** Find the cause, find the cure **

** If you have a question for me, please ask it publicly so that others can benefit from the discussion**

 

 


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Great post WishClean. Everything on Acne.org is based on scientific research. That's just how it has to be. I will have a look at the above posted articles, but I have read most of them already. I can tell just by the titles when I click those links. I'm pretty obsessed with reading anything acne that comes out on PubMed.

And alternatavista, you say "Healthy lifestyle with natural circadian cycle, stress management, physical activity and nutrient dense, anti-inflammatory, blood sugar stabilizing diet habits that don't include anything you have an intolerance for," and I'm all for that but that is a tall order for the vast, vast majority of people. I tried to go on an anti-inflammatory diet with 25 Acne.org members back in the day and I was literally the only one who was still doing it after a month or so. And furthermore, while it is anecdotal, even with this diet, physical activity (I work out almost every day), meditation (I also do this most days), and regular, good sleep, I still broke out. So trying to put together all of these good things did not work for my skin. In fact, I got some pretty nasty, gross breakouts doing this once my weight leveled off.

Anyway, discussing stuff like this and trying all sorts of natural stuff is a good thing. I sincerely hope we can come up with a natural way to cure acne that works across the population, so let's keep talking about it. I will take your comments under close advisement as well. [btw, why is this text bolded and italicized!? I can't make it not be. grrr]


 

 


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Not sure if the mods could address this. It's something that kind of bothers me on acne.org, a forum that supposedly supports various approaches to acne. I know the main point for some (Dan) is to make money off of the regimen products (let's be real, $$$ is part of the reason why this site exists, even though it's helping a lot of people). But I still think that in the list of possible acne treatments here http://www.acne.org/treatments.html , natural remedies shouldn't be labeled as largely ineffective. What's the point of having a Diet & Holistic forum on acne.org if the hosting site doesn't even support diet and holistic approaches to acne?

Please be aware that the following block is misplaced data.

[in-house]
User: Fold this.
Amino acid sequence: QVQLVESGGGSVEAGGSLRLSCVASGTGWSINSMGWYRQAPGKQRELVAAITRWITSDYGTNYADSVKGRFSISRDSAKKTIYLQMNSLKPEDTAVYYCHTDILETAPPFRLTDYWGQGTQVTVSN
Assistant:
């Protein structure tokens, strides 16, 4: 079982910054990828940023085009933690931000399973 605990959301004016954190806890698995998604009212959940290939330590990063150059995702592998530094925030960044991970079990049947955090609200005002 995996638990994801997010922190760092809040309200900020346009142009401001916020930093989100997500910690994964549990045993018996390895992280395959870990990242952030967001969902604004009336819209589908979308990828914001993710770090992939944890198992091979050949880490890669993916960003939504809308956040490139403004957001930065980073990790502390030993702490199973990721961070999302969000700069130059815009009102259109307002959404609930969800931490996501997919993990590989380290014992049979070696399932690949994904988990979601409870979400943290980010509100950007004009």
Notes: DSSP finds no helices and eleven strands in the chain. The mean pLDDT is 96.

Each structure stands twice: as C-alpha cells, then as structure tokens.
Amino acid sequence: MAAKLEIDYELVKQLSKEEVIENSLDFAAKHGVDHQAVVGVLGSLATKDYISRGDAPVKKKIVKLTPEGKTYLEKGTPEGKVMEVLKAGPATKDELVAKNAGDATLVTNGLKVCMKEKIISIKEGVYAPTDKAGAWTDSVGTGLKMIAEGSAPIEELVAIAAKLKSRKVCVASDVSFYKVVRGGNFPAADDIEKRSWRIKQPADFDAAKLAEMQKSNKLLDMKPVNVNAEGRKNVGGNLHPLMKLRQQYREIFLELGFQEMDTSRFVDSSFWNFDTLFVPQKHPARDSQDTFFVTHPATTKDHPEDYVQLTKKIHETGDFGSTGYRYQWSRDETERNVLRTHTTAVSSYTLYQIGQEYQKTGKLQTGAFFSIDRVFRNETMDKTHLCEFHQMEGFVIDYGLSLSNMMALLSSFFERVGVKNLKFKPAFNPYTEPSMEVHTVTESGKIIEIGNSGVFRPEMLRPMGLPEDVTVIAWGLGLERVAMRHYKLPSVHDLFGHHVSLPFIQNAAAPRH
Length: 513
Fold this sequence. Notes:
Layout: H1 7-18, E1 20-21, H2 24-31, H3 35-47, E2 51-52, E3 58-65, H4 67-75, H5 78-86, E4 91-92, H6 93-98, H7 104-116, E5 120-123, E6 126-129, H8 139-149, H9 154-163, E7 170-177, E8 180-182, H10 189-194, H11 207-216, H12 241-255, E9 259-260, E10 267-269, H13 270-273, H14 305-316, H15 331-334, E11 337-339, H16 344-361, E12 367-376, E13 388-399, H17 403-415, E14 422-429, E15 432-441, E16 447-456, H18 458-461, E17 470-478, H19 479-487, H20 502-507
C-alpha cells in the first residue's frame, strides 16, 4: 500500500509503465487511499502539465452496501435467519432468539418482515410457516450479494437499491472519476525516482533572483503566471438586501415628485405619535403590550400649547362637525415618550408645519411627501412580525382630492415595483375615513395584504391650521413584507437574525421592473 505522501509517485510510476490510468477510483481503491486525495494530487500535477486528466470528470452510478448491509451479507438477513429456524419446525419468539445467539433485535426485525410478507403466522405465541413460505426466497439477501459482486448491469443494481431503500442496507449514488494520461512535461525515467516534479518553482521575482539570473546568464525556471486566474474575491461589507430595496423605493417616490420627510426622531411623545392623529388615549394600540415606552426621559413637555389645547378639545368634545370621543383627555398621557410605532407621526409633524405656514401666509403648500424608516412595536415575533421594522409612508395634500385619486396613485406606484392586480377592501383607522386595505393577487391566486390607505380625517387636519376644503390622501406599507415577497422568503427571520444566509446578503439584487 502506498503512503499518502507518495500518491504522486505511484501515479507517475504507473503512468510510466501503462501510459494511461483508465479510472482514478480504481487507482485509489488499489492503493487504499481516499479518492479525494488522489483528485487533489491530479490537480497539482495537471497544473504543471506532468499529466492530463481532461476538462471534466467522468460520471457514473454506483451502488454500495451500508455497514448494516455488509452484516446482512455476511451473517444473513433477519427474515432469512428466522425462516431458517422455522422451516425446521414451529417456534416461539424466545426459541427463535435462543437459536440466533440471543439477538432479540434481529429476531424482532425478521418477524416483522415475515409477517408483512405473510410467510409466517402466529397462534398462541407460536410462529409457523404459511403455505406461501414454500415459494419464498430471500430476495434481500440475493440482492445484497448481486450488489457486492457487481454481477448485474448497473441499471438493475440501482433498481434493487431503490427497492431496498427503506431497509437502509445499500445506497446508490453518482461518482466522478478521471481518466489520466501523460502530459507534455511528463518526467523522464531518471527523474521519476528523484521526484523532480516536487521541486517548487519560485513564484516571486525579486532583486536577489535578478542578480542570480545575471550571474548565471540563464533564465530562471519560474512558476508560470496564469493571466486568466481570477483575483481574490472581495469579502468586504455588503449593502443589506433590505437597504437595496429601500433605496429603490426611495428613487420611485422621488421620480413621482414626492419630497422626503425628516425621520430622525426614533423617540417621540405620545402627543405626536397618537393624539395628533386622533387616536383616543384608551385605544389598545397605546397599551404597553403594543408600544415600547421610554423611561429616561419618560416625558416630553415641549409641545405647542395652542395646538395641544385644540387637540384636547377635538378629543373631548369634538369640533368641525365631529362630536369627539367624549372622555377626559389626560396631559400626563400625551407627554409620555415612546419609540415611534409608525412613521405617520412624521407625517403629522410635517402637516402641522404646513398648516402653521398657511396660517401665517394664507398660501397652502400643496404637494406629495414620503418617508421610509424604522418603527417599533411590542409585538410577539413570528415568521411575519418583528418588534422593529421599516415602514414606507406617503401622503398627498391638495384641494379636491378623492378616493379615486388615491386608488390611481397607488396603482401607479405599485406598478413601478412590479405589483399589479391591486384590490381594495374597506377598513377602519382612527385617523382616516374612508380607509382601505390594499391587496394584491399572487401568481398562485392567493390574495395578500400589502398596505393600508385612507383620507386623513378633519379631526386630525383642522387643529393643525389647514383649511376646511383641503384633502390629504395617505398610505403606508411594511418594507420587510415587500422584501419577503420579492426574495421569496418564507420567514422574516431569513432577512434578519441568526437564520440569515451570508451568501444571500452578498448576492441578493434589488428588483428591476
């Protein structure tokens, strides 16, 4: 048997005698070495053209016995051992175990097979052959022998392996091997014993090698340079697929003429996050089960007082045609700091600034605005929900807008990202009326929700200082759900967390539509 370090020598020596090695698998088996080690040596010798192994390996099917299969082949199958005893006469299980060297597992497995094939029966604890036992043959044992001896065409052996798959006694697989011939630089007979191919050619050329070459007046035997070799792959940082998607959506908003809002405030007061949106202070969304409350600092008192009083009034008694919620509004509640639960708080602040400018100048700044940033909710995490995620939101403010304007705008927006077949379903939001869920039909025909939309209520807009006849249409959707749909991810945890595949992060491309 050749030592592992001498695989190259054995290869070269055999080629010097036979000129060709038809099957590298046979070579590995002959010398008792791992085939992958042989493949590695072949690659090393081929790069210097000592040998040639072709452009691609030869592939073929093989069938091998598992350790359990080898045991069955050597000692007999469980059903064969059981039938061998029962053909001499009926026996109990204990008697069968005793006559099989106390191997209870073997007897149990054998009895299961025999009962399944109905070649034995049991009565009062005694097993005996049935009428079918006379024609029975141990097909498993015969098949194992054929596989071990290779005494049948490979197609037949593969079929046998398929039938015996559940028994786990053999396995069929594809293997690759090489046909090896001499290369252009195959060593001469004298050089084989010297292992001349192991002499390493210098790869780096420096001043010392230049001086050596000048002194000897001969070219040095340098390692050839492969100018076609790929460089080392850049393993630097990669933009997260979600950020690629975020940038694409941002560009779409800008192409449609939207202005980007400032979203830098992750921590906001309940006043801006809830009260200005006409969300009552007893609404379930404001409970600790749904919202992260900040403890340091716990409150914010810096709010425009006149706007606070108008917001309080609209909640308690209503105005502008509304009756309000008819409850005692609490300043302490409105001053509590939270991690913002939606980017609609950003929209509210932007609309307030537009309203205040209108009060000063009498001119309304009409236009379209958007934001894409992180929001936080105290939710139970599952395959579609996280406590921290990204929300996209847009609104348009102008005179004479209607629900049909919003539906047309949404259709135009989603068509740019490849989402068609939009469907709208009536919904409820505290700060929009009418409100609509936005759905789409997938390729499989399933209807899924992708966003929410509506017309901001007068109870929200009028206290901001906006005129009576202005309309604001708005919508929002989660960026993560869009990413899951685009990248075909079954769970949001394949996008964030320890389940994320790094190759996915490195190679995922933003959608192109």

Sorry for being nit picky, media analysis is my job and I inevitably analyze these things. I just think it's ironic and biased to dismiss natural treatments while pushing accutane and dan's products as the most effective treatments. I thought Dan was all about alternative research and finding new things that work, not pushing something that has so many potential side effects while also discounting the experiences of so many people who fight acne the natural way.

Can someone give me an answer or correct the label on that page? It bothers smart people like me to see such narrow mindedness on that page. And if there is scientific evidence to back up that list, fine, then there are so many other scientific papers that list all the detrimental side effects of accutane and bp. Therefore, these treatments are not 100% successful and they are controversial. I just think other approaches should be given some merit, otherwise what is the point of having separate sub forums if you're only going to push 2 mainstream treatments? At least give it a "Somewhat Effective" rating...it's offensive to the hundreds of people (thousands over the years) who are posting on the holistic forum.

Anyway, my rant is over.

I SO AGREE WITH YOU. I use the regimen along with natural remedies. What i have figured is that the regimen is placebo working, it does nothing to me because i was suspicious from the beggining. I totally feel the commerce behind this. Moreover the assistant's posts on all the regimen users are promoting the purchase of the basic regimen AND the additional products. This is what i shout on my "notes on the regimen" thread, but all i get is irony and judgement from particular users. Thank god there is at least one more person who has the same feeling, as i do.

Btw, natural treatments are HIGHLY effective if you are persistent, indeed. You have all my love wishclean!!!

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It turns out I have read almost all of those links you gave WishClean. I read the two that I hadn't previously, the Dermato Endocrinology from 2009 and the EiR one. My thoughts:

Dermato Endocrinology: They came to the same conclusions I have...that more research is still required. The last sentence of their article states, "To date, the research does not prove that diet causes acne but rather influences it to some degree which is still difficult to quantify." Still, I had fun reading it and learned a few new things.

EiR one: They list "Symptoms of Food and Environmental Sensitivity" and include literally everything I can think of. This is a good example of something I would call "unproven." If symptoms of leaky gut and its ensuing sensitivity can include about 75 things (I counted) which encompass pretty much anything anyone can experience, that's a red flag for me. This is also written by one person, a PhD/Critical Care Nurse, and is published in The Environmental Illness Resource, which I do not believe is peer reviewed in any way. Still, I found it interesting to learn about the intestinal lining.